U.S. Support Crucial to Mexico’s Fight Against Cartels (Rep. Kay Granger)

Last week, the Obama administration laid out its plan for dealing with the drug-related violence that is gripping Mexico. Homeland Security Secretary Janet Napolitano announced that more federal agents would be sent to the Southwest border. Secretary of State Hillary ClintonHillary Rodham ClintonJohnson faces tough crowd at Libertarian debate Sanders: Clinton shouldn't pick VP from Wall Street McAfee on chances of Libertarian win: 'We're not that stupid' MORE visited Mexico and pledged our cooperation in the struggle against the drug cartels.

Nearly 6,000 people, including more than 500 law-enforcement and military personnel, were killed in the war between rival cartels and the Mexican government, and the bloodshed continues.

At the border, the cash from American drug users filters south along with an arsenal of weapons to arm the cartels. In exchange, drugs and criminals move into the U.S. Last Wednesday, Secretary Clinton correctly noted that our countries have a “co-responsibility” to end the cartels’ influence.

Speaking in Mexico, Secretary Clinton pledged our continued support for efforts like the Merida Initiative, a $1.4 billion program which was instituted by Presidents Bush and Calderon two years ago.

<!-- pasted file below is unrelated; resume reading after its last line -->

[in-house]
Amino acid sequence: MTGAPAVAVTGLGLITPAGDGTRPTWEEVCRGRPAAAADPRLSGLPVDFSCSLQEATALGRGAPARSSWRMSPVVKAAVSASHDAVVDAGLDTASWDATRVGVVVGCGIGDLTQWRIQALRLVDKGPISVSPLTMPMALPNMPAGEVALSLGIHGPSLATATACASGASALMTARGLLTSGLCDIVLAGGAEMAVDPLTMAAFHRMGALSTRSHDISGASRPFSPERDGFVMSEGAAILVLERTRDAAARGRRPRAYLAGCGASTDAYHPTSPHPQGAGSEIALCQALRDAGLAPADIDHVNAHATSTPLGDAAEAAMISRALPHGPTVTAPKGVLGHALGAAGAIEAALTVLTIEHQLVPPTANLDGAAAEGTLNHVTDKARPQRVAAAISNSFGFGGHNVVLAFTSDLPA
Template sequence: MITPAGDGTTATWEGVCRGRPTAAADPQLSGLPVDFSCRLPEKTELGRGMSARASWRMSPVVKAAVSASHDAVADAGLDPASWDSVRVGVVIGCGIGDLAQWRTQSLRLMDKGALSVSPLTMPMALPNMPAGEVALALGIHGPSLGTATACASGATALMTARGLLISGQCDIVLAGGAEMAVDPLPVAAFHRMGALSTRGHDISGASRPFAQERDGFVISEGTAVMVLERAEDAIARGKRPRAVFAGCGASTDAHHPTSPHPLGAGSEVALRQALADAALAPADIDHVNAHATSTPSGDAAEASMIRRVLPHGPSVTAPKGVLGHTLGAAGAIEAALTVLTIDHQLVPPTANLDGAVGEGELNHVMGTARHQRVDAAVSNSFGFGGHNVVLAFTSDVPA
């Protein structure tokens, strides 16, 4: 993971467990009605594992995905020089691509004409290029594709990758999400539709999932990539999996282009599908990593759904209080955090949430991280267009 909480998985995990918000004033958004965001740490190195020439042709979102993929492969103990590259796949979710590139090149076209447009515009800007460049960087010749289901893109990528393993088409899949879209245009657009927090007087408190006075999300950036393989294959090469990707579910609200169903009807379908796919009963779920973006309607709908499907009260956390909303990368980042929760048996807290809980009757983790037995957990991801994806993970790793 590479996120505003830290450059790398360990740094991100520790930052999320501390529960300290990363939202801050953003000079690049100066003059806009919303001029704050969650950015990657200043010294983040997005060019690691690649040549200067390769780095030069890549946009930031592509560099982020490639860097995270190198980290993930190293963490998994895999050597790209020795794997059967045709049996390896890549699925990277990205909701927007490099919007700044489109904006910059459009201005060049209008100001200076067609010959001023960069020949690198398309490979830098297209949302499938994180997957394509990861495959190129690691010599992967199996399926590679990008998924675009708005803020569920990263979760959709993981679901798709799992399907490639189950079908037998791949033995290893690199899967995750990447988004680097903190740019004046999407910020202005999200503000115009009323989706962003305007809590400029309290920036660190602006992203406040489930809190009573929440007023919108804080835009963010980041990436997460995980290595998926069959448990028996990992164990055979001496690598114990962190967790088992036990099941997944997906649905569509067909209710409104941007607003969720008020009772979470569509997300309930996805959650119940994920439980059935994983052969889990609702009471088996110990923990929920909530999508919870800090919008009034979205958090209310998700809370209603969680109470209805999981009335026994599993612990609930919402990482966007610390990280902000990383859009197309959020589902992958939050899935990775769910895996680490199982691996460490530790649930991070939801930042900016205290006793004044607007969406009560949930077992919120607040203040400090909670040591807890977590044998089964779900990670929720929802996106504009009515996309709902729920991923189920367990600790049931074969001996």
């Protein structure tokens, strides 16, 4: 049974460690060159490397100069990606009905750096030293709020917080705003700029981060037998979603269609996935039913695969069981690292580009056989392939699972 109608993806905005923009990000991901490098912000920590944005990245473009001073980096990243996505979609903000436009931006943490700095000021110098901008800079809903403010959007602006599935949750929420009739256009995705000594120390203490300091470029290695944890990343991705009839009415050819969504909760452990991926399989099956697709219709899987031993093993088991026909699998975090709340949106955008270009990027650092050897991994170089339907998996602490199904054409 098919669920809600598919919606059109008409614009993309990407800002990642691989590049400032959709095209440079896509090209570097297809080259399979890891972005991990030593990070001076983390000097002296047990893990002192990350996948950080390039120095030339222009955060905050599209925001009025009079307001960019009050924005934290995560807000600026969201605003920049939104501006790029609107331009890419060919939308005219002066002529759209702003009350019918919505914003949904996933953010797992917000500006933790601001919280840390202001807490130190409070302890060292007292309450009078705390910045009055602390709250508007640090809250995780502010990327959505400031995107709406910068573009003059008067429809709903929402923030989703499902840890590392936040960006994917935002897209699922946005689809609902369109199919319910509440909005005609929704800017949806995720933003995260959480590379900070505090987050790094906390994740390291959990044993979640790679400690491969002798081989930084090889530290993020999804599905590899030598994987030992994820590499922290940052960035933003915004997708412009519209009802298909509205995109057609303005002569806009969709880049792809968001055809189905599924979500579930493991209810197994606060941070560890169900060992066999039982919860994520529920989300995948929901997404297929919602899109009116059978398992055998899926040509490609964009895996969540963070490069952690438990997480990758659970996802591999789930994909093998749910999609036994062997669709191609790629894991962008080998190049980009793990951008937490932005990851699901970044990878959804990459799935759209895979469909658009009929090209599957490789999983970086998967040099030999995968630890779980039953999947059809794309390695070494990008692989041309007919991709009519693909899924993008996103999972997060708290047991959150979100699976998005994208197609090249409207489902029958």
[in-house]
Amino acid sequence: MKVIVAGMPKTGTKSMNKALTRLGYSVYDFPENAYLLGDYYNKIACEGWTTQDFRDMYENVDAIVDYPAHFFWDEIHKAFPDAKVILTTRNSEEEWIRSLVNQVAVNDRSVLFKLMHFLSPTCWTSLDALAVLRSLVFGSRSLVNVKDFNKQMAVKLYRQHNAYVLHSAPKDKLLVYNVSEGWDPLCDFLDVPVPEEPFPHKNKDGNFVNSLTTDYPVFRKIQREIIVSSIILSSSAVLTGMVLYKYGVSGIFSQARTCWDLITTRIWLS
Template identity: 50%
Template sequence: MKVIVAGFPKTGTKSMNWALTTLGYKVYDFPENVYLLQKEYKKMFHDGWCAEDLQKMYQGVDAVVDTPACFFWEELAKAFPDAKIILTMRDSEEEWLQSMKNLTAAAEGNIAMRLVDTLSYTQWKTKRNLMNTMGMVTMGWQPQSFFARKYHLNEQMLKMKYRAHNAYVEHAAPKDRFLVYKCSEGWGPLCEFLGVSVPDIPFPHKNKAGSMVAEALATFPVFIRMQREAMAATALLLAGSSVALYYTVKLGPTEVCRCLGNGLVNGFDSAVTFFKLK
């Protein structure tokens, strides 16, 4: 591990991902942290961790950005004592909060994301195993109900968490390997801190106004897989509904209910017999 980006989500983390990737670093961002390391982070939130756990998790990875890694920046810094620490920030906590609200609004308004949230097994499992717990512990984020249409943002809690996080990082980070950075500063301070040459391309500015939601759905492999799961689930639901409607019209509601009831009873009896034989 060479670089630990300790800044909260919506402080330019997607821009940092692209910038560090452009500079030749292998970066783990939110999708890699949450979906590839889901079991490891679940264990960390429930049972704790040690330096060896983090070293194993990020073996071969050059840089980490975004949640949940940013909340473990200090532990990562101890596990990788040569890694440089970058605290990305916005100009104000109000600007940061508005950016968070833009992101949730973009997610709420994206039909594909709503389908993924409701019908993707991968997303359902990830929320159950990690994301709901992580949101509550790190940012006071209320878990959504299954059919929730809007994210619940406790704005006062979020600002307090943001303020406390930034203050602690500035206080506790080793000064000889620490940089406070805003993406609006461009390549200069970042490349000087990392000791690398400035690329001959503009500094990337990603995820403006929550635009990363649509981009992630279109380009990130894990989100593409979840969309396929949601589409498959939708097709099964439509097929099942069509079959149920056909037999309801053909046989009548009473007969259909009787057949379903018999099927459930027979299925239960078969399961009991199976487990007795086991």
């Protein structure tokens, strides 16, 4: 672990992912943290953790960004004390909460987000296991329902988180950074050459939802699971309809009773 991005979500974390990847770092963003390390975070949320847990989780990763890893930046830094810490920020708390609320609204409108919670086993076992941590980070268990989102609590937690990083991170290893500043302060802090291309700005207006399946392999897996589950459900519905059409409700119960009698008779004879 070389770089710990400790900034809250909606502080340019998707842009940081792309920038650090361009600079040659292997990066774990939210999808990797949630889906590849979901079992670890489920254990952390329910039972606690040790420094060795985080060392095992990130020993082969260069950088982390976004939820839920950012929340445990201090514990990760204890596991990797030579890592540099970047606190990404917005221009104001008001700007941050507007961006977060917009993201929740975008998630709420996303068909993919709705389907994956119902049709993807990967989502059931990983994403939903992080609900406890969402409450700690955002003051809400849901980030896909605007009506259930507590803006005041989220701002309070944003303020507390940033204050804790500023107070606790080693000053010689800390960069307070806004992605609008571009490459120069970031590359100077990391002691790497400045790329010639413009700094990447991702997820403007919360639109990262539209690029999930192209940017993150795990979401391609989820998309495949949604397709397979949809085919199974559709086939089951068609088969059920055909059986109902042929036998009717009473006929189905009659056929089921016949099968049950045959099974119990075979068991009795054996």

Congress has already funded five Bell helicopters for the Mexican police to help them combat cartels that control wide swaths of remote areas across Mexico. We have accelerated delivery so those helicopters should be in Mexican hands by the end of this year.

The Mexican government also asked for three Black Hawk helicopters to boost air mobility. This week, Secretary Clinton pledged $80 million in funding for the Black Hawks. Now Congress needs to fund them, to further demonstrate our commitment.

I am pleased that the administration understands the vital importance of helping Mexico combat the cartels. Anything less than our full support will undermine Mexico’s stability and our security.

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